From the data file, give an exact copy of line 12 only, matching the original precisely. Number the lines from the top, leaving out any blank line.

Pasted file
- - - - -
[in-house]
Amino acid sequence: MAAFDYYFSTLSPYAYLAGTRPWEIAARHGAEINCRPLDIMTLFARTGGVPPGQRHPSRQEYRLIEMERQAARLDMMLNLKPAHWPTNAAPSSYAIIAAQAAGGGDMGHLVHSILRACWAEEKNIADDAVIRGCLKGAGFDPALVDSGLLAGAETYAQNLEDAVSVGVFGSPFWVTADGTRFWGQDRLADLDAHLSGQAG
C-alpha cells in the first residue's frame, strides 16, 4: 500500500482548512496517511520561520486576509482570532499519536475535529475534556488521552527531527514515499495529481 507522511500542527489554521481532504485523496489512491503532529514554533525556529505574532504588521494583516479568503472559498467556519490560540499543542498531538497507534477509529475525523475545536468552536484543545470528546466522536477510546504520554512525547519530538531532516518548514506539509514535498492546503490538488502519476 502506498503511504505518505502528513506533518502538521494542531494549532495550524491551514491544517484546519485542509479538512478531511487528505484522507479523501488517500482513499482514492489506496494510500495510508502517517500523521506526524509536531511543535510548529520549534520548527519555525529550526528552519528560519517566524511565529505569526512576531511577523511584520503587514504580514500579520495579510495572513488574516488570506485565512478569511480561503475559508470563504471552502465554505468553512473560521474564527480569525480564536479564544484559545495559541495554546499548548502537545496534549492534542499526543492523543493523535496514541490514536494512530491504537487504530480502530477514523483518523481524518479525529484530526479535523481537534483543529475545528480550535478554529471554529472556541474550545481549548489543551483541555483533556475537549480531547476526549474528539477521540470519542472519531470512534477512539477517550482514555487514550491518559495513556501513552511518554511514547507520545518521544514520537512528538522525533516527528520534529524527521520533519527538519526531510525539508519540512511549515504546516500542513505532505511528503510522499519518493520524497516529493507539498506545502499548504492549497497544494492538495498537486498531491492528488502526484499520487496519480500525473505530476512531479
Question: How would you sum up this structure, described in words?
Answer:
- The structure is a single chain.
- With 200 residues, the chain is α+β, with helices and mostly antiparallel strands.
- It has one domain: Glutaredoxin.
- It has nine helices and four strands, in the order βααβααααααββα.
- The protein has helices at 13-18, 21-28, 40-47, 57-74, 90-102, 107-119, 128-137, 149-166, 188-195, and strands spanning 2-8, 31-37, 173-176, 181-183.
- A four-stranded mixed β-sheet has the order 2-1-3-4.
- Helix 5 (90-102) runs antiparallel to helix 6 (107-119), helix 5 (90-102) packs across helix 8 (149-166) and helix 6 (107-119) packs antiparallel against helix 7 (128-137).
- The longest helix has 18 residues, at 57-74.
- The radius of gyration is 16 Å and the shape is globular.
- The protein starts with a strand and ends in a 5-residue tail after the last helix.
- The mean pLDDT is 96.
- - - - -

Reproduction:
- Helix 5 (90-102) runs antiparallel to helix 6 (107-119), helix 5 (90-102) packs across helix 8 (149-166) and helix 6 (107-119) packs antiparallel against helix 7 (128-137).